Let’s examine more closely the distribution of actual data taken from sales data published by the London/St Thomas Real Estate Board of one-floor houses selling in 2014 and 2015. Below are the sales of one-floor houses sold in 2014.

The following are the sales of one-floor houses that sold in 2015.

We see that the sales distribution for 2015 is different in ‘shape’ to the sales in 2014. This should be a big flag that one cannot compare the average sale prices for 2014 and 2015 and conclude with a Time Adjustment of ‘x’ amount of percentage.

Let’s assume the data is perfectly distributed from one year to the next. Does that qualify for a simple calculation of taking the difference of the mean prices from one year to the next? The short answer is no. The appraiser still has to deal with the differences in the physical and location aspects of the house sales from each group. Until those differences are dealt with, trying to determine a Time Adjustment, even when the data is evenly distributed, remains a challenge.


Above is the same histogram of sales, except that it is shown on a graph known as a Distribution Graph. One can see the shape of the sales much better than on a histogram. The blue line in the middle is the regression line and the two other blue lines are the ‘field goals’ known as Confidence Intervals (CI). They are generally constructed at the 95% CI. This means that, if the same population were sampled on different occasions, the resulting intervals would bracket the true population parameter in 95% of the cases.

Above is the Distribution Graph of the other sales data set. Look how sharp the curve is in the sales of the data. Most of the sales are not even on the regression line. Therefore, no appraiser can take the average of this grouping of data ($323,358) and the average of the other group ($322,083) and draw any meaningful conclusions.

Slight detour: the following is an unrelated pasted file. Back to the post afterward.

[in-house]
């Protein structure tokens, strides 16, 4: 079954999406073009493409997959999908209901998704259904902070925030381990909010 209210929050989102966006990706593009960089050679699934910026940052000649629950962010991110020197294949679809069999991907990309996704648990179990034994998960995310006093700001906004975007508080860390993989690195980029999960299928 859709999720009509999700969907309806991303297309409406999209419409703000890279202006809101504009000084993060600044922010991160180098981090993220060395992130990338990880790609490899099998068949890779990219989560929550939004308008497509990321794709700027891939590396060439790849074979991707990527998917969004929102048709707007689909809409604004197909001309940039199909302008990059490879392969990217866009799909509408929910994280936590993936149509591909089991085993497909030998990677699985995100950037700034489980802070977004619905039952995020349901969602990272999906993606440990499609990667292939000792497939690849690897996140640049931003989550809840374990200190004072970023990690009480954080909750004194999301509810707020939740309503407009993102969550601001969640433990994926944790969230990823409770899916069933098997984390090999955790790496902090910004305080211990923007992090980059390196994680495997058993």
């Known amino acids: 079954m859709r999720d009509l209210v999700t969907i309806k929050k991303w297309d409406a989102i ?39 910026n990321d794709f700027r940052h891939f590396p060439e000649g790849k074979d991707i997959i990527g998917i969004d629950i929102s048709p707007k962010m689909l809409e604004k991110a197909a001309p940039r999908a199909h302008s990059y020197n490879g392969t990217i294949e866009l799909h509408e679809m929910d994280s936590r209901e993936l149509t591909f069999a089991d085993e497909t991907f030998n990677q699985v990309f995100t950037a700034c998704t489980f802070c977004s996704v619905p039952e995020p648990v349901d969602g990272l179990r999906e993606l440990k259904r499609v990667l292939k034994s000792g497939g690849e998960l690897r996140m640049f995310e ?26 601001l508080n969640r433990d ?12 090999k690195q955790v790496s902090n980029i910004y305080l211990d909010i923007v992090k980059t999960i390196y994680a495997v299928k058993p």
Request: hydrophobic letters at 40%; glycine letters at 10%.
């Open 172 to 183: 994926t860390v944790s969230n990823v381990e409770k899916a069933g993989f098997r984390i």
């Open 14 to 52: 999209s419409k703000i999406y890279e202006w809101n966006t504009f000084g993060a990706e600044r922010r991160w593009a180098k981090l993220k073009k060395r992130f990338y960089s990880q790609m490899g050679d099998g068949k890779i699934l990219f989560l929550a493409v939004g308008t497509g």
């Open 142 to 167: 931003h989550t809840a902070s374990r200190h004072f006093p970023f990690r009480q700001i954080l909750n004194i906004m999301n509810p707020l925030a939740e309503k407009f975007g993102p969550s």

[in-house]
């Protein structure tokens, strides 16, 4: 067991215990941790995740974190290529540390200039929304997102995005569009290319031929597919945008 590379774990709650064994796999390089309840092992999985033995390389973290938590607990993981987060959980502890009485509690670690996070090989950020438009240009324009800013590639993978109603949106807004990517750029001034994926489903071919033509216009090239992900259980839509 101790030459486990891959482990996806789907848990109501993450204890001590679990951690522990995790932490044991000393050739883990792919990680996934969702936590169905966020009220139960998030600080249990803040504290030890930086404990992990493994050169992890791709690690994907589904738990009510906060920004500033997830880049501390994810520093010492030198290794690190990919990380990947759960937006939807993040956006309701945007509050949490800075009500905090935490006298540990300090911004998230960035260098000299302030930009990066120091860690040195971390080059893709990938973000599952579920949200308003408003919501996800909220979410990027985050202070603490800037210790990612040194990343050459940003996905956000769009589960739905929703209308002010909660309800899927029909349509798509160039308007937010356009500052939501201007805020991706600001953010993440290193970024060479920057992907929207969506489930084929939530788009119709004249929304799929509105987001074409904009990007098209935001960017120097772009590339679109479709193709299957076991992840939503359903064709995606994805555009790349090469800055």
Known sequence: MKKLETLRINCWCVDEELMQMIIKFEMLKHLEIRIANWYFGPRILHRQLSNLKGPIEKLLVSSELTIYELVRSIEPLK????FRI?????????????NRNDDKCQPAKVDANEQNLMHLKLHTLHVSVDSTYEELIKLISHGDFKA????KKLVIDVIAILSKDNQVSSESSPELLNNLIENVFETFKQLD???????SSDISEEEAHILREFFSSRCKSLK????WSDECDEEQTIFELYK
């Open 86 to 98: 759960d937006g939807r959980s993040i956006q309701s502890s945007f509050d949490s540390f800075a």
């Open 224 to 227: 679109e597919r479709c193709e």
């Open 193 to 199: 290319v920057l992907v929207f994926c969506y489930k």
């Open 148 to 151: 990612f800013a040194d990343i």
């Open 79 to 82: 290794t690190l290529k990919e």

So the appraiser has a problem. The mean of the different groups of data from one year to the next does not make sense from one group to another, and the data is curved, which raises more questions. In addition, all sales in both groups differ from one another and from each group. So how does the appraiser determine a Time Adjustment?


There are a couple of solutions to dealing with time when it comes to real estate data. One way is to run a Regression Analysis. Regression Analysis is the only tool that will hold constant all your selected variables such as lot size, house size, garage, house age, and date of sale (typically expressed in days) and allocate a coefficient or answer to the effect of the variable on your unit of measure (e.g., selling price per square foot (or square meter) of the dwelling). It does not need to have the data normally distributed in perfect fashion in order to make a prediction about time and that is because of the ‘least squares’ aspect of regression. The regression line is the line of the best fit. Obviously, if we can re-express our data or get it more uniform (normally distributed), then we would have a better prediction.